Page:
Explaining Russian Cartoons: Winnie the Pooh

The animated Russian Winnie the Pooh is very different compared to its yellow Disney counterpart. He doesn’t look like a stuffed animal come to life, he’s not smiling and he constantly seems either perplexed or bewildered. But the main characteristics are there – Pooh’s driving force is the goal to find honey by any means, to eat and to go on adventures with friends. These adventures include confidently inviting himself over to said friends’ homes to achieve the aforementioned goal of eating.

Released during the late sixties – early seventies, some characters resemble the well-known Russian actors of that time voicing them, instantly making the cartoons appealing to adults watching with their offspring. Somewhat impressionistic landscape drawing accompanies Winnie and Piglet’s skipping through the forest. Comedy and dry, quotable humor springs from the dialogue and phrases like “I’m just resting” when Pooh gets stuck when exiting a hovel after eating too much or “But honey is a very strange thing” have been decade-long classics.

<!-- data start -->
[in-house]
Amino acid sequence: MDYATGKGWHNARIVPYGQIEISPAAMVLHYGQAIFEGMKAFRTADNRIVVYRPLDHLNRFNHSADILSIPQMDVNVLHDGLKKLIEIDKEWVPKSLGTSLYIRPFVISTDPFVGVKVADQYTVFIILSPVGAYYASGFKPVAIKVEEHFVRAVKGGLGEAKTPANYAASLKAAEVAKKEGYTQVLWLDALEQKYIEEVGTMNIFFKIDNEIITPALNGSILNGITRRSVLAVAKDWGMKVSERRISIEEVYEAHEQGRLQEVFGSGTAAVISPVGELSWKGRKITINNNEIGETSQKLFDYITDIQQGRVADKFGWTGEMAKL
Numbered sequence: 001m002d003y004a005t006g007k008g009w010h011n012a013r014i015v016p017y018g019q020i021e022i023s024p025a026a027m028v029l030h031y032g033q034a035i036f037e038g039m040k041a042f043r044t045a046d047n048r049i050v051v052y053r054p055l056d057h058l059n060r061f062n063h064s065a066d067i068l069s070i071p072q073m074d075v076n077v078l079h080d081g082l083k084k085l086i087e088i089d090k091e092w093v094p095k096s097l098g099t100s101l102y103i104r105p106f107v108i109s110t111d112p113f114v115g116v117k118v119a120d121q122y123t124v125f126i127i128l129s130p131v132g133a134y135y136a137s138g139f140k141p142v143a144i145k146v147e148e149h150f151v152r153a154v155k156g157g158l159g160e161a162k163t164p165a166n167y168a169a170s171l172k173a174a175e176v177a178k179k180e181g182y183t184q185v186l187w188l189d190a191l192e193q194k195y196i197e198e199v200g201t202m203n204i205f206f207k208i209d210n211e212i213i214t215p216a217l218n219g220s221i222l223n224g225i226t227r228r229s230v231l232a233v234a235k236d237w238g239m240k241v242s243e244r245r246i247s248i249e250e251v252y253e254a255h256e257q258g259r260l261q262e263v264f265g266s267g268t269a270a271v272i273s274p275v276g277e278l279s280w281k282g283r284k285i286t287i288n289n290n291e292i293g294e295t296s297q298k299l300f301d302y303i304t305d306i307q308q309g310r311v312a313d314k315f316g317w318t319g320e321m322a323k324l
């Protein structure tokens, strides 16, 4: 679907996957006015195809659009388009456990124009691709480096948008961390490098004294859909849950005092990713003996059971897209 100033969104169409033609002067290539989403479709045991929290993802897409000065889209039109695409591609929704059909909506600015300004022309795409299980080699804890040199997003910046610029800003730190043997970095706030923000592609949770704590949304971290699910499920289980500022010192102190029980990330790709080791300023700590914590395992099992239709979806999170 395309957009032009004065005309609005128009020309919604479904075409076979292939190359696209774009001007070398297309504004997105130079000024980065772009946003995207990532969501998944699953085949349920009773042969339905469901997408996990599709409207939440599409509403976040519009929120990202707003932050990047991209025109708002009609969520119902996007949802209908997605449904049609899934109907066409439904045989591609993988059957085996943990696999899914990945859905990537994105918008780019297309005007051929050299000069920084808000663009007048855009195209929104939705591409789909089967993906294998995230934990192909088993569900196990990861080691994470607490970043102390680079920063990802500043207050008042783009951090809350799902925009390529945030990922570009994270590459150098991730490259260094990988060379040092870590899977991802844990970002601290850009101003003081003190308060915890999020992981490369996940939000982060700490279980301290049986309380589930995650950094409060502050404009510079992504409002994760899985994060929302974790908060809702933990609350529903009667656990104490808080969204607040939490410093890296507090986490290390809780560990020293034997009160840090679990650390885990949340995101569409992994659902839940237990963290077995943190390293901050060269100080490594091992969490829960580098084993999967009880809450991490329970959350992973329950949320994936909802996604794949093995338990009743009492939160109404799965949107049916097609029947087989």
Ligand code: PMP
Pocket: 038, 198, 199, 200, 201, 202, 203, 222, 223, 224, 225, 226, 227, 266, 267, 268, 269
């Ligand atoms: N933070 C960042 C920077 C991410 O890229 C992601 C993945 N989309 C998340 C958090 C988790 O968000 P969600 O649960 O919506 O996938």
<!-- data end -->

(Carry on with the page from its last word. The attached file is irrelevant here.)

The donkey’s permanent ingrown depressed state is so raw that its almost inspiring, making every time someone says “good morning” (“dobroe utro” in Russian) to you a wonderful opportunity for some cackling quoting: “Good morning, Pooh bear, if it is, indeed, good.”



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